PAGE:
My daughter has a Facebook account. She’s 4 years old. (If you are Facebook, *Jedi Mind trick* this is not the ToS violation you’re looking for…)
You might wonder, “But, why?! Why does a 4 year old need a Facebook account?” She doesn’t. No one needs Facebook, though seemingly more and more our lives revolve around updating and uploading every minutiae of our lives. Could you imagine what people would think if we didn’t tweet our lunch menu?
The fact is, however, that Facebook is here. Facebook, Twitter, or something like it will always be part of… well, life. So will the internet for that matter. A 2011 Pew Internet and American Life study found that 95% of teens 12-17 are internet users. When I was 17, that number was about 70%. I couldn’t find any numbers for teen use for the internet when I was 12 (about 1995), but adult usage of the internet was only 14% of the population and the world wide web as we know it didn’t even exist when I was 4.
It’s also not just computers that kids are using; about 75% of teens 12-17 own a cell phone. That’s still not accounting for the number of other devices that connect kids with the internet: gaming consoles (Playstation, Xbox), handheld game consoles, mp3 players, tablets, e-readers, televisions. Our “online lives” are no longer limited to the hour or two (or three or four) spent in front of our desktop computers at home; now you carry your “online world” with you everywhere you go, 24/7.
I’d like to imagine that had I gotten a manual with my child when she was born, it would come with automatic updates to keep me apprised of all the new-fangled things kids have to deal with. As I get older, it’s more and more difficult to tell what’s cool (do they even say “cool” anymore?). It seems clear to me, though, that being online will be an integral part of my daughter’s life, whether I like it or not. So, she has a Facebook account. I help her type messages to her “Pawpaw,” who lives a few hours away. She shares pictures with her grandparents, cousins, aunts, and uncles. Most importantly, we talk. We talk about people she adds as friends. We discuss how pictures she uploads, even though she only shares them with her family, can be shared by others and could possibly be seen by anyone. She may not grasp the full implications of these discussions, but I like to think that I’m planting a seed. Hopefully years down the road, she will remember these little talks about the ramifications of the things she shares in her online world.
Counter to my point-of-view are those who would prefer to block children’s online access (Perils of Online Parenting in the Digital Age). As a parent I can definitely understand the need to protect your child, this sort of ache that spurs you into action when you think of a child in danger. Ultimately, I think that maintaining an open dialogue with children about their internet use, teaching them about the internet and how it works, is much more safe for them in the long run. There is absolutely nothing stopping my daughter from making her own Facebook account when she’s under 13 and posting personal information, pictures, or adding strangers as friends. By becoming involved in her online life, I can at least teach her. She will at least have some inkling of what safe computing is. And when the time comes, hopefully I’ve given her enough knowledge to make an informed decisions; she will make her own choices. But for now she’ll let me hold her hand (in so many ways), and I’ll try to prepare her for whatever I can.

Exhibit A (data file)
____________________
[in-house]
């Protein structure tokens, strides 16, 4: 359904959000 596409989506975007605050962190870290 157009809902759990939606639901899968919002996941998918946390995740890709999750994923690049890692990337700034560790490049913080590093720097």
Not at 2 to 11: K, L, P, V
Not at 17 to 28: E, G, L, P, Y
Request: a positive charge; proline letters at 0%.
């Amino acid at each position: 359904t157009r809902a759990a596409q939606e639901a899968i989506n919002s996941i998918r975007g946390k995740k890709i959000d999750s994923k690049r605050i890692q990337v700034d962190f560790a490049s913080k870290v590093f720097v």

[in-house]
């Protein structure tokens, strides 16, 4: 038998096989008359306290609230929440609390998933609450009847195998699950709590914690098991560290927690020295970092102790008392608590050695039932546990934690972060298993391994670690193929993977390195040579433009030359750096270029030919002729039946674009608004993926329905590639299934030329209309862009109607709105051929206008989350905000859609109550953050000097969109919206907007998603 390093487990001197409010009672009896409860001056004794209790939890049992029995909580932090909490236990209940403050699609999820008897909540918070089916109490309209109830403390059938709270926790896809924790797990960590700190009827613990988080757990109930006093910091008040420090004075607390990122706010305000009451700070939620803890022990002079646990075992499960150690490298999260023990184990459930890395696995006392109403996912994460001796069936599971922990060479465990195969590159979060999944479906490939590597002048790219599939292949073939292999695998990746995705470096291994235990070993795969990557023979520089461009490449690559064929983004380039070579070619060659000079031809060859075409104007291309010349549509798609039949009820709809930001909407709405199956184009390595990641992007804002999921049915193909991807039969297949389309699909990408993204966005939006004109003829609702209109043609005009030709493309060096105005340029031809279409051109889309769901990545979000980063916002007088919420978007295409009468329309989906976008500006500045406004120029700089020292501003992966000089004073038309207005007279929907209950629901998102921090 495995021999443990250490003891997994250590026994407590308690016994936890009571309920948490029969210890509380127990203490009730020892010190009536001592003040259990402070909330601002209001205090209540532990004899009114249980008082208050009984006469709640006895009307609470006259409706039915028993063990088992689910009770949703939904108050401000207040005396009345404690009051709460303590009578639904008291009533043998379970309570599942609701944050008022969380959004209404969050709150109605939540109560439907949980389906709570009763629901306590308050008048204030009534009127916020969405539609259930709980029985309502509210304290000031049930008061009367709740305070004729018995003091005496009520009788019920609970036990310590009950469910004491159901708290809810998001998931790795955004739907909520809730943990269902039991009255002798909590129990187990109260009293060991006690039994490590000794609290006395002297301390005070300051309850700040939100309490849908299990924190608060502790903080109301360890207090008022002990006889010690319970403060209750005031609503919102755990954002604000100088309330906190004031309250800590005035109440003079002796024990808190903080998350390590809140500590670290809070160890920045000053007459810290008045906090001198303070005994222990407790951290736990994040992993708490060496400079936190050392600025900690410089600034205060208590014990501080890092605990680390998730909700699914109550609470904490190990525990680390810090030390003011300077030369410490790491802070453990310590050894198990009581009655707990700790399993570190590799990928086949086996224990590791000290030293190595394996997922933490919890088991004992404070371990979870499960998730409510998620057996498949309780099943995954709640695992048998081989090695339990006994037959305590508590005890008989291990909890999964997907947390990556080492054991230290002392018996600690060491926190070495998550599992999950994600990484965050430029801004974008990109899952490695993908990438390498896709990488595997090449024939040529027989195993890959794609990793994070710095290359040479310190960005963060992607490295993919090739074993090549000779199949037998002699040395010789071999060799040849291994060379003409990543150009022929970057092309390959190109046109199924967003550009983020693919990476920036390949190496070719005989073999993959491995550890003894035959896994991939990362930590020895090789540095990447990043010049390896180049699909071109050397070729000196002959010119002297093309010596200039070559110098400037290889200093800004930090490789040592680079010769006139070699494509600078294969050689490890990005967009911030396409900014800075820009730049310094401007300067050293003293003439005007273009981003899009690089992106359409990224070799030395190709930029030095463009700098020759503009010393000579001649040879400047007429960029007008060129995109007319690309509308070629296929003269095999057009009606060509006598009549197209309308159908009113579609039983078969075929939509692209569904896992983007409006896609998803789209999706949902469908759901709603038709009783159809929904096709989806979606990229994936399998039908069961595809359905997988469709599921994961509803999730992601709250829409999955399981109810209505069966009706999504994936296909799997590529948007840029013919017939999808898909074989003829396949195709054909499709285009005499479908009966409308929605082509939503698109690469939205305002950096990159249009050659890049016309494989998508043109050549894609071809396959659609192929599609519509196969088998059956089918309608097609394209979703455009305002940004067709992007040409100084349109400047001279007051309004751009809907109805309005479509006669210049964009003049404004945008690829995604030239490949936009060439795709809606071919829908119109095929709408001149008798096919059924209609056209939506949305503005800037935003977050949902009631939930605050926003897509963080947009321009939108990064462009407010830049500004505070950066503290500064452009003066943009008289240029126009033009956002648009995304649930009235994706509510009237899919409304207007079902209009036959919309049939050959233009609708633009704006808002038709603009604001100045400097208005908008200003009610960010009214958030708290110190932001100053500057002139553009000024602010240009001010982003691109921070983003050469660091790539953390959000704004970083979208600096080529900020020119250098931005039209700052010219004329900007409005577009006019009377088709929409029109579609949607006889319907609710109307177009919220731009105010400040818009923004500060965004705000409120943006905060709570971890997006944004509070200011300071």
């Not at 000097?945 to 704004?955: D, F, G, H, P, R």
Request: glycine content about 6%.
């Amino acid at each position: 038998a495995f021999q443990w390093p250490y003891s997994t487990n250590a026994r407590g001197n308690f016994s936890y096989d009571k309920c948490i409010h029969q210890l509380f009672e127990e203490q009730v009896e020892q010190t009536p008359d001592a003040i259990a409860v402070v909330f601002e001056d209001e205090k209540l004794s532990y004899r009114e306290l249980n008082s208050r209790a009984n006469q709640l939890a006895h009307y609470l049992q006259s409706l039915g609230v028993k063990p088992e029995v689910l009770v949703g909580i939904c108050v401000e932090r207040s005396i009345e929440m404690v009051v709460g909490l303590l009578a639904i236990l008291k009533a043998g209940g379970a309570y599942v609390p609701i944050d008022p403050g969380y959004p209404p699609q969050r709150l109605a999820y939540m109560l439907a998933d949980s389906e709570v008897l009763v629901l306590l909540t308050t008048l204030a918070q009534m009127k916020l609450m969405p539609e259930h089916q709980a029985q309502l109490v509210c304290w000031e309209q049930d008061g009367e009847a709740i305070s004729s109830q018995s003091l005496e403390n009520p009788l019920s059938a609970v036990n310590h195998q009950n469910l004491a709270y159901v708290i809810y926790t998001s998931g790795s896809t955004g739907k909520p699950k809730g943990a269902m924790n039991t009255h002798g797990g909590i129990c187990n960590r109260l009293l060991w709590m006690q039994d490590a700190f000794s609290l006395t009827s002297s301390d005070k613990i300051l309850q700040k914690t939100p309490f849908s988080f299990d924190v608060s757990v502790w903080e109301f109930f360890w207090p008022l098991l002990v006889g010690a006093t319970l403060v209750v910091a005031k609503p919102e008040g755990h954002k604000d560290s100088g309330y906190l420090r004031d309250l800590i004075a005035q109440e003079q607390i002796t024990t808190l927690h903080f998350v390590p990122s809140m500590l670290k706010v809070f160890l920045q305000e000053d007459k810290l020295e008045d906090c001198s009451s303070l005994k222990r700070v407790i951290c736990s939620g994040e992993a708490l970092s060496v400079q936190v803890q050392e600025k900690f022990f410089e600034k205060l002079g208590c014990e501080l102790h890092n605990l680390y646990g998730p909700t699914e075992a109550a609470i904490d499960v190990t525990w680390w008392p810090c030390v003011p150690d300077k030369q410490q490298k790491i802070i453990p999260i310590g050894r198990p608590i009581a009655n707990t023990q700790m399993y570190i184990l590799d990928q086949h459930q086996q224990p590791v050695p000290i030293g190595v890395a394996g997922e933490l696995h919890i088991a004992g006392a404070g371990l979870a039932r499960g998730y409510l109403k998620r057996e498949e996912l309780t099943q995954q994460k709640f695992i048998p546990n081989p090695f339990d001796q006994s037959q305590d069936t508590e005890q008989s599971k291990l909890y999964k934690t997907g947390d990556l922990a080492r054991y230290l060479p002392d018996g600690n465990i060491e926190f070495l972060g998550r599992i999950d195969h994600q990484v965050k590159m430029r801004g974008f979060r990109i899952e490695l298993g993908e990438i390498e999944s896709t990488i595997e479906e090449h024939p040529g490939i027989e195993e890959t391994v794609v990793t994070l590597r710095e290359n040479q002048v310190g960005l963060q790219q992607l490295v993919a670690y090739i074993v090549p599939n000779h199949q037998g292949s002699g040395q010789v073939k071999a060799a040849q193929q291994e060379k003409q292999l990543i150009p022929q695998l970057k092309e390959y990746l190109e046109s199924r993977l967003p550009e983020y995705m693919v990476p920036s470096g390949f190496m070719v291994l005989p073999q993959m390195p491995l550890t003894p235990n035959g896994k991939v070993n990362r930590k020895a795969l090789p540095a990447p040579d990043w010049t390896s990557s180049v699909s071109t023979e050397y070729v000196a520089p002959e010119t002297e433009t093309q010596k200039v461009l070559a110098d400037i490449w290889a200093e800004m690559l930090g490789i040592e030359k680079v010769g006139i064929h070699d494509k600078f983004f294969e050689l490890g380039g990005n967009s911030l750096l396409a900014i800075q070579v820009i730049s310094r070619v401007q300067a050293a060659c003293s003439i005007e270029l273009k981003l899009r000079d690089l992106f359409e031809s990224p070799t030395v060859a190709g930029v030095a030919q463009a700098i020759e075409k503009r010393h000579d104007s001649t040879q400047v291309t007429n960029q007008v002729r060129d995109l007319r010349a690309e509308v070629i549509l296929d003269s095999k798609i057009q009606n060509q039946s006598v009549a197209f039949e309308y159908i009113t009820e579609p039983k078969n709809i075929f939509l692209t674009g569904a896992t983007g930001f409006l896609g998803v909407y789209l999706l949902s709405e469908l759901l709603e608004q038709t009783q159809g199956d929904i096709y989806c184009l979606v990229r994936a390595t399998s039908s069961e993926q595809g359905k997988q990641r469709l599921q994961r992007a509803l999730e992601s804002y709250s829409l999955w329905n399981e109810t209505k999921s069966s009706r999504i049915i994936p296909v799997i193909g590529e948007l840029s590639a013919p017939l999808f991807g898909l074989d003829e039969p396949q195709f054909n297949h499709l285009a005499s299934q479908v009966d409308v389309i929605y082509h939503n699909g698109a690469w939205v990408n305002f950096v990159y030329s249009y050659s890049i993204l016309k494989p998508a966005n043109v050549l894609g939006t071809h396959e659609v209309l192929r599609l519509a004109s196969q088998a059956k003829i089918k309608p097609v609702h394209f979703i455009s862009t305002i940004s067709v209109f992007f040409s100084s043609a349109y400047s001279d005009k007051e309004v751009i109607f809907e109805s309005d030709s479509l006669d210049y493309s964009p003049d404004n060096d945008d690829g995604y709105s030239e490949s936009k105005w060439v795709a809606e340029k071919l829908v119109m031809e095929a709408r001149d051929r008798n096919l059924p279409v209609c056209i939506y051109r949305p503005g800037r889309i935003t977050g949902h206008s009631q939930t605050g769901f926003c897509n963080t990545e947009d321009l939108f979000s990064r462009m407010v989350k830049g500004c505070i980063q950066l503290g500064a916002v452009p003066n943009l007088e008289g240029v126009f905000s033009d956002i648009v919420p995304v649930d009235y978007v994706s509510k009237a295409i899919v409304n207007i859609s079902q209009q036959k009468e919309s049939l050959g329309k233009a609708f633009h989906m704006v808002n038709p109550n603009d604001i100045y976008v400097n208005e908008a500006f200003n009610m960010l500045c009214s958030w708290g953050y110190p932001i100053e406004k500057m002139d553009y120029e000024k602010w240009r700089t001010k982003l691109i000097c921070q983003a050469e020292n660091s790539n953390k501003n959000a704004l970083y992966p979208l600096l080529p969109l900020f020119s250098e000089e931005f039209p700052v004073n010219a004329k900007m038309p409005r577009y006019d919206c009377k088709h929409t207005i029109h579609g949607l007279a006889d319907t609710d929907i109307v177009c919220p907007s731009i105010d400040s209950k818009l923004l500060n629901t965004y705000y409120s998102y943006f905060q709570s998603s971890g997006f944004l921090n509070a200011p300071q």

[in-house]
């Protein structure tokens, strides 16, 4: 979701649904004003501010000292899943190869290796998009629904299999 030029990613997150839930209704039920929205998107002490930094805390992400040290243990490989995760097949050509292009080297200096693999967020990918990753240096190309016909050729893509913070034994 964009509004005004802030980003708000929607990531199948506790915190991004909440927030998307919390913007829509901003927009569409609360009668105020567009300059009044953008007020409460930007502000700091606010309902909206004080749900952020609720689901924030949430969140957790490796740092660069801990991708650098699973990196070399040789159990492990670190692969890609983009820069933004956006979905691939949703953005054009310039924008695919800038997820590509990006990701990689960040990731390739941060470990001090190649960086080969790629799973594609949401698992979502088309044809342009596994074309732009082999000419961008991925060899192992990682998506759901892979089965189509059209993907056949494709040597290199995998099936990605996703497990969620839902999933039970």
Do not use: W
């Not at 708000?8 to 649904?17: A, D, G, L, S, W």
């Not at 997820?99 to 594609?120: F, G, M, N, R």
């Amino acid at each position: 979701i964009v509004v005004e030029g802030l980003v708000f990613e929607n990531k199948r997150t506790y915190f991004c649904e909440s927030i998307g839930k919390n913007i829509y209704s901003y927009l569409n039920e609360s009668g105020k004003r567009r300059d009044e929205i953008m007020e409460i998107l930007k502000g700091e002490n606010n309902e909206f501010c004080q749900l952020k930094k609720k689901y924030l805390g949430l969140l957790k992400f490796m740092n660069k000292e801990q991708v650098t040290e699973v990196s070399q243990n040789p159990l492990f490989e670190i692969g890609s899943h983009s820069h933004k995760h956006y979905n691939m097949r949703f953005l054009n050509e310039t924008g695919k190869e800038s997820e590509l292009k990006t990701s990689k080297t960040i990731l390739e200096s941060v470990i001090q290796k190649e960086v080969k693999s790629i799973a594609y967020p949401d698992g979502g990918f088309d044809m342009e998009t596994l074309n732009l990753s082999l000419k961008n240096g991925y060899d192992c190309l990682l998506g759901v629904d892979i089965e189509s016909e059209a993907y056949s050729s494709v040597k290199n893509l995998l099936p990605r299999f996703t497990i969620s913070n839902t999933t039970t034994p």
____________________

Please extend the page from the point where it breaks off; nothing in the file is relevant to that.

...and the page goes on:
Here are some tips on helping your child learn about the internet:
Learn everything you can about the internet. Being familiar with the internet will not only help you understand the risks; it will also help you talk to your kids.
Set standards for what your kids can and cannot do online. It’s important to make rules for your kids so they know what’s expected of them. Don’t wait until something bad happens to start creating guidelines.
Teach your kids to keep personal information private. It’s usually a bad idea to post personal information online such as phone numbers, addresses, or credit cards. If a criminal gains access to this information, they can use it to harm you or your family.
Teach your kids to use social networking sites safely. Sites like Facebook allow kids (and adults) to share photos and videos of themselves, have conversations with friends and strangers, and more. If your kids share something with their friends, it’s still possible for it to get into the wrong hands. Generally, they should only post something online if they’re comfortable with everyone in the world seeing it.
Encourage your kids to come to you if they encounter a problem. If your child gets into trouble online, you’ll want them to come to you instead of hiding it. Keep in mind that your kids could accidentally encounter a bad site, even if they’re doing everything right.
Talk to your kids about internet use. Talk to your kids regularly about how they use the internet. If they’re in the habit of talking to you about the internet, they’ll be more willing to come to you if there is a problem.
For more information:
Webonauts Internet Academy – a PBS kids web game that helps teach kids basic web concepts (recommended for 8-10 year olds)
Basic Internet Safety for Kids– a free online course for parents
And an informative video about teaching children and how to handle a bad situation if one arises: